BANGOR, Maine — After striking compromises with the public works and fire departments, Bangor city councilors appear to have found common ground with the Bangor Public Library on next year’s budget.
Facing a proposed reduction of about $175,000 from the city, library director Barbara McDade has offered an alternative that would reduce the library’s share from the city by only $55,000. The cuts would result in five unpaid furlough days for all 39 library employees, keeping two positions unfilled and harnessing savings by switching from oil heat to natural gas, McDade said.
Asked if she could live with those cuts, the librarian said, “I guess we have to. It’s certainly better than losing $175,000.”
The City Council will hold a public budget session at 6 p.m. Wednesday at the James F. Doughty School for residents to voice opinions and concerns about the 2010-11 budget.
“We ask the citizens of Bangor to be engaged and be involved in the conversation, but also to keep an open mind to the difficulty of the process and the decisions that must be made,” council Chairman Richard Stone said Tuesday.
Judging by public reaction so far, the council already has remedied three of the biggest concerns about the city’s initial budget proposal earlier this spring — the library and the fire and public works departments.
Stone said he understands the public outcry.
“There are many elements to the budget discussion, but these three have garnered the most attention and each has come a long way in compromise,” he said.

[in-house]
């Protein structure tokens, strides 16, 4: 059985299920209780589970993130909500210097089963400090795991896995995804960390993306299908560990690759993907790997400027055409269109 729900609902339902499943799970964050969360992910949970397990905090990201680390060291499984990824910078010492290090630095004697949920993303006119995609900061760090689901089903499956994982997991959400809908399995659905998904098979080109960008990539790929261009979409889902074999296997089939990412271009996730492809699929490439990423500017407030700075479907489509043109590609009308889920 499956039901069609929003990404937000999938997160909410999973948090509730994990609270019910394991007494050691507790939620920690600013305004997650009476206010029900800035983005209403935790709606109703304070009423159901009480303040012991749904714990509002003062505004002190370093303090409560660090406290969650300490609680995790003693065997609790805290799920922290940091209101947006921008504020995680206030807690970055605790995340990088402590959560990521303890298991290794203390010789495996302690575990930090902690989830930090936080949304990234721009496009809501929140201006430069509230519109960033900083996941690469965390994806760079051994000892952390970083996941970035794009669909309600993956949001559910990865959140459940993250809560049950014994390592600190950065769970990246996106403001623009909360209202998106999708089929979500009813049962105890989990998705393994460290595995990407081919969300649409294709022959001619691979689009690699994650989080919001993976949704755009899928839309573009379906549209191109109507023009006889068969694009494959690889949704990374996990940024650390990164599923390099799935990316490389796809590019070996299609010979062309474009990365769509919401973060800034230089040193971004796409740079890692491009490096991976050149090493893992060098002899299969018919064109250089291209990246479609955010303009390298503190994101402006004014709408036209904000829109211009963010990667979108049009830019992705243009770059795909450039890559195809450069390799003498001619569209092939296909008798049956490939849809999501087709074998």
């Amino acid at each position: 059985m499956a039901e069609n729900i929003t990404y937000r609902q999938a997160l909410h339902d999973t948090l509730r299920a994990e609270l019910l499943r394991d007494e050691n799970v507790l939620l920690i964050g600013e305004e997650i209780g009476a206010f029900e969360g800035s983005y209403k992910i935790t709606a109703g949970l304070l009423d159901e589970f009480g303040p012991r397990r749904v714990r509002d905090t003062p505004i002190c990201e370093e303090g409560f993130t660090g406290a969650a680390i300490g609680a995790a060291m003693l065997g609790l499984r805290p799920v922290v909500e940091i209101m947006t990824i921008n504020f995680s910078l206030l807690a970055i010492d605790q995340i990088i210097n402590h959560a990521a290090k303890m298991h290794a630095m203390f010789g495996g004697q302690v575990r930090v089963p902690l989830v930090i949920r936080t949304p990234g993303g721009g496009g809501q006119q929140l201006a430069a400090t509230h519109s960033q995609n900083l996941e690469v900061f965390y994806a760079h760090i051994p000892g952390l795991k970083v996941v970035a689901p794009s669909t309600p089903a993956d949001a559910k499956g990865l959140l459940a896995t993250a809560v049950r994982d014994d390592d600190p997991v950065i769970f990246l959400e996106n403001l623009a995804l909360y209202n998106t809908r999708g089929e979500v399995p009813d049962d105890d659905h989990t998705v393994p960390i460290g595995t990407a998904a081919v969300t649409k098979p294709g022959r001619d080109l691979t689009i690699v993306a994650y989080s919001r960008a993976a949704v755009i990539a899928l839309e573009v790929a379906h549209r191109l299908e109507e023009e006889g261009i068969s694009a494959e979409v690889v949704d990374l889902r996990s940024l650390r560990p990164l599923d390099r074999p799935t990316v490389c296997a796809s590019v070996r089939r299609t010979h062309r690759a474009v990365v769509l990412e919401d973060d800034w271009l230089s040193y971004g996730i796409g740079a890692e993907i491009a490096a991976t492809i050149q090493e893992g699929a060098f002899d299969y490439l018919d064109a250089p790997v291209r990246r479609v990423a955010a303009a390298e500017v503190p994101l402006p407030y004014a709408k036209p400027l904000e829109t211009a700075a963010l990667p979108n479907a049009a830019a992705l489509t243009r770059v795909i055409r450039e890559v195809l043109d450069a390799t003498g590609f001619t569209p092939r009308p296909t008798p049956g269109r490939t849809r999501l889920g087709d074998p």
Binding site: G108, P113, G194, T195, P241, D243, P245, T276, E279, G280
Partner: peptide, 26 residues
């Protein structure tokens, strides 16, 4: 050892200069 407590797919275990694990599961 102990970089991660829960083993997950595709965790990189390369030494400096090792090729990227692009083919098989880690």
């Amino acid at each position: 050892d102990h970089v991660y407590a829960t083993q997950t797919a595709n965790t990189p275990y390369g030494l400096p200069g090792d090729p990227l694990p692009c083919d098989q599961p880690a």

An initial budget proposed by interim City Manager Bob Farrar in March would have raised the tax rate about 80 cents. After meeting with city councilors, a majority of whom wanted to keep a flat tax rate, Farrar resubmitted a $44.5 million budget that included 10 percent cuts in fire and public works, the $175,000 cut to the li-brary and other smaller cuts.
That budget would have kept Bangor’s property tax rate flat at $9.28 per $1,000 of property valuation. With the alternative plans proposed by the public works and fire departments and the library, that rate would increase by about 15 cents. The final budget will be voted on later this month.
The proposed 10 percent cuts to the fire and public works departments were discussed last week and the council settled on compromises from both.
Instead of cutting $329,000 from public works, the department will reduce its budget by about $60,000, which reflects a more favorable contract for roadside trash collection, the elimination of spring cleanup and the elimination of two temporary laborer positions.
As for the Fire Department, instead of cutting $459,000, Fire Chief Jeff Cammack offered an alternative that uses federal grant funding, reduces overtime and cuts equipment reserves in order to make up that difference.
Cammack had predicted that if the $459,000 in cuts stayed, it would have meant closing Station 5 and laying off several firefighters.
The biggest remaining budget item up for discussion could be the BAT Community Connector bus service, which is projected to increase fares and alter holiday and weekend service.